Human Capital Meets Market Potential

At a time when the dominant narrative about the Middle East and North Africa (MENA) reflects conflict and instability, it’s important to view the region from a more balanced and nuanced perspective. The region, long known for its rich energy reserves, has become associated in recent months with deep ethnic tension and violence.

It’s time to consider a more reliable narrative that hinges on people who are creating opportunities rather than foreclosing them. It’s about a new generation of tech entrepreneurs building products for one of the largest and fastest growing markets in the world.

The numbers tell the story best. From the Atlantic Ocean to the Persian Gulf, the region has a population exceeding 350 million. Eighty percent is under 30 years old, increasingly well educated and connected through the Internet, as the world discovered during the Arab Spring.

There are 150 million Internet users, with 30 million more expected in the next two years. A quarter of the population has broadband. Smartphone penetration is at 40% — the UAE is ranked first worldwide at over 77% while Saudi Arabia, close behind, is ranked third.

Spanning 22 disparate countries, MENA’s stunning cultural diversity belies consumers’ shared appetite for Arab digital content — localized news, entertainment, social media and gaming. The rate of e-commerce growth is outpacing all other emerging markets.

 

As a measure of the market’s under-penetration, Arabic accounts for about 5% of the world’s Internet users, but Arabic content on the Internet comprises only 1.5% of the total. Only one in 20 Fortune 500 websites is in Arabic and only a quarter of the top 100 global businesses offer Arabic content.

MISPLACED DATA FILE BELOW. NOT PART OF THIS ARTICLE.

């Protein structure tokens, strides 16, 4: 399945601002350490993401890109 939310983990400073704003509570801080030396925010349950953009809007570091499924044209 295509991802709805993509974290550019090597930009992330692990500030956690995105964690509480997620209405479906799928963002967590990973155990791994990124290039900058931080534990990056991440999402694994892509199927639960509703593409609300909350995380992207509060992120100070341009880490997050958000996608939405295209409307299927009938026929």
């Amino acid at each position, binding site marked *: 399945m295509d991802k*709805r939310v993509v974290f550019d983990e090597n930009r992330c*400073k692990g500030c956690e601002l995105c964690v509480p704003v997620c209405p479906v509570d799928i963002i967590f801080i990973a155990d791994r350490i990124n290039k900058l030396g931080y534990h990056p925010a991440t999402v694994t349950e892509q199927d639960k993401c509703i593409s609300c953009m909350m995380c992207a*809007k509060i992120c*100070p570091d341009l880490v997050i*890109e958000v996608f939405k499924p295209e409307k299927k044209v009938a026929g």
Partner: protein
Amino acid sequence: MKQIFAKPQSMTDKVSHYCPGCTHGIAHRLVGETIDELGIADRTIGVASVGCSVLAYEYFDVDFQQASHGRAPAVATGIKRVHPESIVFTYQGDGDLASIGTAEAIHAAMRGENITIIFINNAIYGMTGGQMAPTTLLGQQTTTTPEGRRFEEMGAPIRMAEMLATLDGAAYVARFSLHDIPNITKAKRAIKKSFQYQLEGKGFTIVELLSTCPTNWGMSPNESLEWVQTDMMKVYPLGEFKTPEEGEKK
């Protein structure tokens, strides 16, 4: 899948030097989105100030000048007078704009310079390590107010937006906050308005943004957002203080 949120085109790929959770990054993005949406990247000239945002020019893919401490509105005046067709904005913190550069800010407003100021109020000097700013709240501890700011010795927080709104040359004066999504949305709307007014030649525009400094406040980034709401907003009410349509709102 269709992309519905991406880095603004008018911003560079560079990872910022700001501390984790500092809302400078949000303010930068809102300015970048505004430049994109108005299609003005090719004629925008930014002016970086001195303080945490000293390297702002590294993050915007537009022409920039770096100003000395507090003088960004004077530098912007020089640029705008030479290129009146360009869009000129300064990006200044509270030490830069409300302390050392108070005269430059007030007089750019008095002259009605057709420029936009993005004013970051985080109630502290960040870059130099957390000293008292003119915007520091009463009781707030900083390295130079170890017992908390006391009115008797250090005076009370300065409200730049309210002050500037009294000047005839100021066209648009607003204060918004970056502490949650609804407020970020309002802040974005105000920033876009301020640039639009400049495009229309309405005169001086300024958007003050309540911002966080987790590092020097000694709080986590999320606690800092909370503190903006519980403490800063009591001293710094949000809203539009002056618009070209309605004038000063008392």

The new generation of entrepreneurs is filling the growing demand for localized media in Arab markets. Leveraging the low cost-to-build digital products, they’re revamping MENA’s delivery of education, healthcare, and other vital services—transforming their communities in the process.

They’re building their companies in a growing number of start-up “ecosystems” —  Dubai, Riyadh and Amman, ranked 10th best city in the world for launching a tech start-up.

From a ground-level perspective, it’s clear that the region’s most valuable asset is no longer its vaunted energy reserves, but rather its human capital. As history has shown, societies that unlock human capital can transform themselves into stable and prosperous economies.

This is a defining moment. The region finds itself at a critical crossroads. While unrest and conflict grab headlines and crowd out competing narratives, pioneering tech entrepreneurs are unsung agents of change. Their impact at both the regional and community levels may ultimately squelch the persistent instability.  

 

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